So, I’m going to tell you a story, a story that will hopefully clear up the difference between will, going to and present continuous:
My ex-girlfriend came home one night with a beautiful new painting that she’d bought at the market.
“David,” she said. “I’d like you to hang this painting please.”
“Of course,” I answered. “No problem.”
A week later she came home from work and found her picture lying on the ground where she had left it seven days before.
“Ahem,” she cleared here throat. “Em, David!”
I knew I was in trouble now.
“You still haven’t hung my painting.”
At this point I had three choices. I could say any of the following:
- Don’t worry, I will hang it tomorrow.
- Don’t worry, I’m going to hang it tomorrow.
- Don’t worry, I’m hanging it tomorrow.
But what’s the difference? In each sentence, the result is the same. The painting will be on the wall tomorrow. But each sentence gave slightly different information to my girlfriend.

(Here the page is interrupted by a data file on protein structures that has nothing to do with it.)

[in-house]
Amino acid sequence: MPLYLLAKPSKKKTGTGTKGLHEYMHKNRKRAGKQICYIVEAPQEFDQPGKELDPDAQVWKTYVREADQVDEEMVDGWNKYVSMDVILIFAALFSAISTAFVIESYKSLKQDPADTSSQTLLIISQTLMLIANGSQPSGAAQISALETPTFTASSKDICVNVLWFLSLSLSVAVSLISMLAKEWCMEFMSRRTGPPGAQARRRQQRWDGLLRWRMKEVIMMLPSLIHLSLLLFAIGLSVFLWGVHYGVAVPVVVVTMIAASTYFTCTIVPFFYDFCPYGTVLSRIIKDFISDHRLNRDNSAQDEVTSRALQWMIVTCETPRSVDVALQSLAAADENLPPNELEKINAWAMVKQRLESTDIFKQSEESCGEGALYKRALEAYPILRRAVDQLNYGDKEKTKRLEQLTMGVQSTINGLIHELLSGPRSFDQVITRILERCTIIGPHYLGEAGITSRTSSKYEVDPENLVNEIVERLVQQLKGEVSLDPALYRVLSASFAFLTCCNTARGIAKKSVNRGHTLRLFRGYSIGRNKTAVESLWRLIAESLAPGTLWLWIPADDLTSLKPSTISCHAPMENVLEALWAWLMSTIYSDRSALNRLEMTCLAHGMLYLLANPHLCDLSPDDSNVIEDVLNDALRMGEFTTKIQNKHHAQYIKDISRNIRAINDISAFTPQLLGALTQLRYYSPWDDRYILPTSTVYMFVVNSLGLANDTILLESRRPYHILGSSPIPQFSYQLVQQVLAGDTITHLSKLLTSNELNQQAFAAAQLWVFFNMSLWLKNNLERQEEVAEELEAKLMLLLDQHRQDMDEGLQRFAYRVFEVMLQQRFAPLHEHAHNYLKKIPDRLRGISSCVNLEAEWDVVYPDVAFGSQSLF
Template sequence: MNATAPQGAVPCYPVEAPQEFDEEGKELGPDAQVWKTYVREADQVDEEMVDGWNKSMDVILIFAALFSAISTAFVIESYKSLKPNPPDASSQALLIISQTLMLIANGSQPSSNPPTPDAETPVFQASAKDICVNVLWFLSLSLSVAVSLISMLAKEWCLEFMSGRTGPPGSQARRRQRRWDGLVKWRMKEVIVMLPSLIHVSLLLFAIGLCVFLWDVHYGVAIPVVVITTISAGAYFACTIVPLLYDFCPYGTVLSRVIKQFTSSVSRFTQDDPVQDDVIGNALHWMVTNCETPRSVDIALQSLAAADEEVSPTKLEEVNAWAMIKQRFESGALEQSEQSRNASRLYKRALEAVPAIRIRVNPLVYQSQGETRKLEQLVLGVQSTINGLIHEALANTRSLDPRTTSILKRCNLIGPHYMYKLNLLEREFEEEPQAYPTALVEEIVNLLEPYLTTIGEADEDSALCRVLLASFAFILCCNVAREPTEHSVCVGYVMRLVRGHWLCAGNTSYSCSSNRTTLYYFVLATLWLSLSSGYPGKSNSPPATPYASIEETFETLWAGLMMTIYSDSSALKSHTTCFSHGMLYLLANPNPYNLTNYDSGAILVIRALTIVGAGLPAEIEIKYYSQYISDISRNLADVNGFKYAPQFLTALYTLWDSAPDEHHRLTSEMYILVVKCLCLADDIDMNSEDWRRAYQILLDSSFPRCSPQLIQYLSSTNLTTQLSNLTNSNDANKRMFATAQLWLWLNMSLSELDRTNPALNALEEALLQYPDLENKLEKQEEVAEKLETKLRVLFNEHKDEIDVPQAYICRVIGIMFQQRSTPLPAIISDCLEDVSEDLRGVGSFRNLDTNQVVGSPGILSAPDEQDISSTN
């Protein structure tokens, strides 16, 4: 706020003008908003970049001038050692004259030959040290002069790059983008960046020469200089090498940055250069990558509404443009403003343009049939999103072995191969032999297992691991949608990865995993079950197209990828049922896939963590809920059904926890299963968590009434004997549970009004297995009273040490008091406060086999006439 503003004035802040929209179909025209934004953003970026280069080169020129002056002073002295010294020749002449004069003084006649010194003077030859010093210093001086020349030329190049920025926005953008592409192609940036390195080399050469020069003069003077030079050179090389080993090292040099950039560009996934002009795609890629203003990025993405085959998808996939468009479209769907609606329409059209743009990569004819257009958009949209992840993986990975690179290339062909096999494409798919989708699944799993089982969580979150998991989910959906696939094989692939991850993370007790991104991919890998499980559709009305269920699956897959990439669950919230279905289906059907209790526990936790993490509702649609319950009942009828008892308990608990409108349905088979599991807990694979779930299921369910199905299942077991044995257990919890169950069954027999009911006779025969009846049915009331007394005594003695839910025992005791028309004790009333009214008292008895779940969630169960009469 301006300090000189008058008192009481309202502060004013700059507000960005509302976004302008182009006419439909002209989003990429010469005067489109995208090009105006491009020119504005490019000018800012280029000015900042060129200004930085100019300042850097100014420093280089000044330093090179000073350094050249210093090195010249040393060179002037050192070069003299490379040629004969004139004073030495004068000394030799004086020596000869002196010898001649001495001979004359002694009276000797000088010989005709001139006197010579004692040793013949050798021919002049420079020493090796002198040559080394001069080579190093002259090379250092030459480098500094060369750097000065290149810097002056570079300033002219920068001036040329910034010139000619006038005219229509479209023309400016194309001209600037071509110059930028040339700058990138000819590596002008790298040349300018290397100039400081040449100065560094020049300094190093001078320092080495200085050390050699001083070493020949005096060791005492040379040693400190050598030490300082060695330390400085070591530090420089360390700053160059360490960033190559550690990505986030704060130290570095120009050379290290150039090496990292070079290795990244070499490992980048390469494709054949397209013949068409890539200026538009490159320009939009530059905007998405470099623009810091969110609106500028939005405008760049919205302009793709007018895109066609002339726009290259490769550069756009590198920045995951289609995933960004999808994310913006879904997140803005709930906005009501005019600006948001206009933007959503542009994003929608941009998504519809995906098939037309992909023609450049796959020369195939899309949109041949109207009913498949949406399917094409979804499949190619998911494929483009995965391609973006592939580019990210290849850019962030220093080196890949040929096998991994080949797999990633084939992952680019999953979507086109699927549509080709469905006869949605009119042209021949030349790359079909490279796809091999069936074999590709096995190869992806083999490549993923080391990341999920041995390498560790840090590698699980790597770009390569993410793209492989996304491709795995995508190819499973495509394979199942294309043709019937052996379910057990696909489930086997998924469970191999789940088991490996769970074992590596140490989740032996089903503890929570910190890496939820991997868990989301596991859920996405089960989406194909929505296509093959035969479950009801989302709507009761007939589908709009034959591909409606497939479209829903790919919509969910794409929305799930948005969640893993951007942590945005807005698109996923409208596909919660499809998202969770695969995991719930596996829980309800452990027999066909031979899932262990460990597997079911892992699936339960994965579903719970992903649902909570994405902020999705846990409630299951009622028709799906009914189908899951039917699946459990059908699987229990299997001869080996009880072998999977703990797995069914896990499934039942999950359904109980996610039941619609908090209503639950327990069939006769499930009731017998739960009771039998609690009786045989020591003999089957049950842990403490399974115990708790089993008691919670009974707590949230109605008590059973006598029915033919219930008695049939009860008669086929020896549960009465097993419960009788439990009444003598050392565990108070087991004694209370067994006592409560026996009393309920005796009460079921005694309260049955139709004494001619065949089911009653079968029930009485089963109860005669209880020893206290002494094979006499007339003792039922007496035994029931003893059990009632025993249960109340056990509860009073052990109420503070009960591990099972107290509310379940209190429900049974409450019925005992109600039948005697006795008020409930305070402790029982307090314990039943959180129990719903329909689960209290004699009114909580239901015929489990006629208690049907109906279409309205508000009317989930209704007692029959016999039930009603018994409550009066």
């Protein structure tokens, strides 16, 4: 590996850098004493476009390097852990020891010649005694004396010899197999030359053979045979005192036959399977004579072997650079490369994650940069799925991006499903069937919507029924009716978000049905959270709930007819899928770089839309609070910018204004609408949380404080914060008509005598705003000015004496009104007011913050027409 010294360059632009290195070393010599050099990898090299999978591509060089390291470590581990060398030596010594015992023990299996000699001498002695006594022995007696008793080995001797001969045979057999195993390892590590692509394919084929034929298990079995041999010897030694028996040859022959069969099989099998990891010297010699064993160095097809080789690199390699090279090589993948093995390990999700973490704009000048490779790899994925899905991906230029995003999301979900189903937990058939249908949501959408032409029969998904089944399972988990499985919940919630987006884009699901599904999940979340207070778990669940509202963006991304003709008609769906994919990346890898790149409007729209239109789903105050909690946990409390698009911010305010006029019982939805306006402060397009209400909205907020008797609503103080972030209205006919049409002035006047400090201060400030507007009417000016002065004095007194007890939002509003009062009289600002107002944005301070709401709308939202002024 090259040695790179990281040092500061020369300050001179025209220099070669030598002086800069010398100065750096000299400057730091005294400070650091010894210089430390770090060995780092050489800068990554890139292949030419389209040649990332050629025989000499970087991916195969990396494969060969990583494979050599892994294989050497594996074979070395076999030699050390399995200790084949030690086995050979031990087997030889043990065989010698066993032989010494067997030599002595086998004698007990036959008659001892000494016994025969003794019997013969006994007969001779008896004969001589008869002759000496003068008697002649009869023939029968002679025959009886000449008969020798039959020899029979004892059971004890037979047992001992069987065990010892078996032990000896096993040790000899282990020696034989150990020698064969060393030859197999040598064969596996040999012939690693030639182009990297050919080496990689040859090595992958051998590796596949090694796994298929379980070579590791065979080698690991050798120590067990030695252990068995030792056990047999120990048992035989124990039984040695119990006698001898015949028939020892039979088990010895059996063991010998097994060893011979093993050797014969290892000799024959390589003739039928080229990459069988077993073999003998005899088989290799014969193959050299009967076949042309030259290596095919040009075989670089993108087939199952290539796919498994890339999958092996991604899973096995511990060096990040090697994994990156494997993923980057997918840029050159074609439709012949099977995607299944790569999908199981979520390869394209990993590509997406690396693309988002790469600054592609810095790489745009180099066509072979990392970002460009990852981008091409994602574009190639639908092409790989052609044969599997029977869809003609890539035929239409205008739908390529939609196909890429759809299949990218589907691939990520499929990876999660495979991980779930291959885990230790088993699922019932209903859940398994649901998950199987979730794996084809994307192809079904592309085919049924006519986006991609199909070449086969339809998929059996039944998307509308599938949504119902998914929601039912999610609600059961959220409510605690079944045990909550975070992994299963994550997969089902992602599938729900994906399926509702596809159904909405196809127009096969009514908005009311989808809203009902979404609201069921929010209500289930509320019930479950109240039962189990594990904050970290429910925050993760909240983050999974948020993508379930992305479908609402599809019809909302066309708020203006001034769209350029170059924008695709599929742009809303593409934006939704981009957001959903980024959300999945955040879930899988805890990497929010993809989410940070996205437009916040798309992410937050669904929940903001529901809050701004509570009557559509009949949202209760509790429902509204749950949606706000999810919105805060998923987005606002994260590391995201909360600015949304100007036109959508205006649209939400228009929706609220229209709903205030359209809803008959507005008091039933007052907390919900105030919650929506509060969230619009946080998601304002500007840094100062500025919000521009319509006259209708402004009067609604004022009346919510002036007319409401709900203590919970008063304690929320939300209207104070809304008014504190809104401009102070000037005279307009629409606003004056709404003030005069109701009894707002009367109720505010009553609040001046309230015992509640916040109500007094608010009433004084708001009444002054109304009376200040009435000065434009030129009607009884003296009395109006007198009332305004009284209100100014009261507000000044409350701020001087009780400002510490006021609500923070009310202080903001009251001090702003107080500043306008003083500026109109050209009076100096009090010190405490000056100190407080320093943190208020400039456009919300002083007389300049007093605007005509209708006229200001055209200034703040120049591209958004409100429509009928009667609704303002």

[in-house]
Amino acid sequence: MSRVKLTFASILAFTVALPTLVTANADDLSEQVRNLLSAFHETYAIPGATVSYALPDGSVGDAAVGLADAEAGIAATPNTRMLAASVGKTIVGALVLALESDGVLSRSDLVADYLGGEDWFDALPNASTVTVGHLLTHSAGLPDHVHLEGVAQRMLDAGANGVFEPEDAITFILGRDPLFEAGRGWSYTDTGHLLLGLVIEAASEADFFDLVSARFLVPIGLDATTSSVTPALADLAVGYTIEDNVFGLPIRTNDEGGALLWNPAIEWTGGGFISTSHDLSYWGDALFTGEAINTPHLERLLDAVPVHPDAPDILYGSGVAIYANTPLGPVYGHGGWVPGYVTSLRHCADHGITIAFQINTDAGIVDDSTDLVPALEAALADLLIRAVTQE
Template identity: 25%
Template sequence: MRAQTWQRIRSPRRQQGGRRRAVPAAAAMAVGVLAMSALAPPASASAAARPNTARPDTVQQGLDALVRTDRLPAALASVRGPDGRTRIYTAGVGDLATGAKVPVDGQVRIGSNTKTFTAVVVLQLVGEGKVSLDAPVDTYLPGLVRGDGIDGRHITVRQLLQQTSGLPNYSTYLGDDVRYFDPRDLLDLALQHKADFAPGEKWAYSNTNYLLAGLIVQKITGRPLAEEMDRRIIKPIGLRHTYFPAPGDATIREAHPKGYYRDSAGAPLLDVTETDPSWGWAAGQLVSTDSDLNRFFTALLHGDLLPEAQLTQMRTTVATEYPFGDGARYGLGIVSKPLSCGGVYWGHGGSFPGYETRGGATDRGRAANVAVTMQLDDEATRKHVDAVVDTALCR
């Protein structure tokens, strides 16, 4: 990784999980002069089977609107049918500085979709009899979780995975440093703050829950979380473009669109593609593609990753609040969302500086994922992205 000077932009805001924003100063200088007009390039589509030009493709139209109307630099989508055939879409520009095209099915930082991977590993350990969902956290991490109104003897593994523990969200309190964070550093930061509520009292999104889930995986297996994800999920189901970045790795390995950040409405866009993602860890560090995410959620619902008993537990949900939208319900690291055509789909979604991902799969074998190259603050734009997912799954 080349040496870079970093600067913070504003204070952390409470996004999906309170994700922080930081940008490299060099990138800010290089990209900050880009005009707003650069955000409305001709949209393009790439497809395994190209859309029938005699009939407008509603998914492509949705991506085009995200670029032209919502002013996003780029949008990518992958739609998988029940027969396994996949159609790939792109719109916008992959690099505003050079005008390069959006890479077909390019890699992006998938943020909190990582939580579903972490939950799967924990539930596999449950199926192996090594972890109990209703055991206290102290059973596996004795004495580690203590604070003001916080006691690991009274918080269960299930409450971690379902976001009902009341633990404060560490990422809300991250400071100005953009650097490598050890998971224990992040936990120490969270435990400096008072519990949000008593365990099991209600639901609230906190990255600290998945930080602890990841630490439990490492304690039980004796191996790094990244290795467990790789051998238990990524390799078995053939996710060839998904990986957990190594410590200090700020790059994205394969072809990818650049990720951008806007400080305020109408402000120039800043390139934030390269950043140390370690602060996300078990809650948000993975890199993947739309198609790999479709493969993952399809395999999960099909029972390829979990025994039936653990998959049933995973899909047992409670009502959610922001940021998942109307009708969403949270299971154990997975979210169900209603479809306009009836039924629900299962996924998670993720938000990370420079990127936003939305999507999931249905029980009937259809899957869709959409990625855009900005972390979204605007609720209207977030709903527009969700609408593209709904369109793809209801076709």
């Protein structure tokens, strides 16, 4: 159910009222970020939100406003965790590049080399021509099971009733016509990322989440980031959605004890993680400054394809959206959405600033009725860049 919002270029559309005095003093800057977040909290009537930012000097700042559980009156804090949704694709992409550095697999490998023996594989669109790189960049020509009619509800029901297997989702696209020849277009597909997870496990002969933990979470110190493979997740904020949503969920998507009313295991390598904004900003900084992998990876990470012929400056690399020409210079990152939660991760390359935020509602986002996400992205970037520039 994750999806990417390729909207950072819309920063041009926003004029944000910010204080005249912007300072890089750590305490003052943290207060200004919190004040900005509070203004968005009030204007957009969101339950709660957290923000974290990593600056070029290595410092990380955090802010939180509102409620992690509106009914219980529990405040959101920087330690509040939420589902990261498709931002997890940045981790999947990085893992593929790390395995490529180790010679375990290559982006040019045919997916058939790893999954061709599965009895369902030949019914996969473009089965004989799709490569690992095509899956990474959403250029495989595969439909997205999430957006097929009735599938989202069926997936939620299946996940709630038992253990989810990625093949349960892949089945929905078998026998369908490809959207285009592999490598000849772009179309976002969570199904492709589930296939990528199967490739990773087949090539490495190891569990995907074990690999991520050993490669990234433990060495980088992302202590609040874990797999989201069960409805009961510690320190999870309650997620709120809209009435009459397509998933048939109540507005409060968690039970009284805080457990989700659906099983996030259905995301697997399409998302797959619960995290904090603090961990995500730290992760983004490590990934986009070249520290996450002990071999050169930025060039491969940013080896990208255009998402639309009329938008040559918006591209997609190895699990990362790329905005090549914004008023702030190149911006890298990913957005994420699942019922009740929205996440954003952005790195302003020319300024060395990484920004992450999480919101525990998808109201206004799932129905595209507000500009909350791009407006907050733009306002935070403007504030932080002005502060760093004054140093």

- I have just decided now that I will hang it tomorrow. I didn’t think about you or this painting before now.
- I thought about this before now and I planned to hang it tomorrow.
- Not only did I think about this before now, I have also organised everything. I have selected the perfect place on the wall, I have bought a hammer and a nail and I am ready to hang it tomorrow.
Which one do you think I said to her?
Number 3 obviously.
It might not have been true but it was the message I wanted to tell my girlfriend.
And here’s the lovely picture.
If you’re interested in learning some more about English Grammar, check out our lessons website.
If you would like more information on our English centre for adults in London, click here.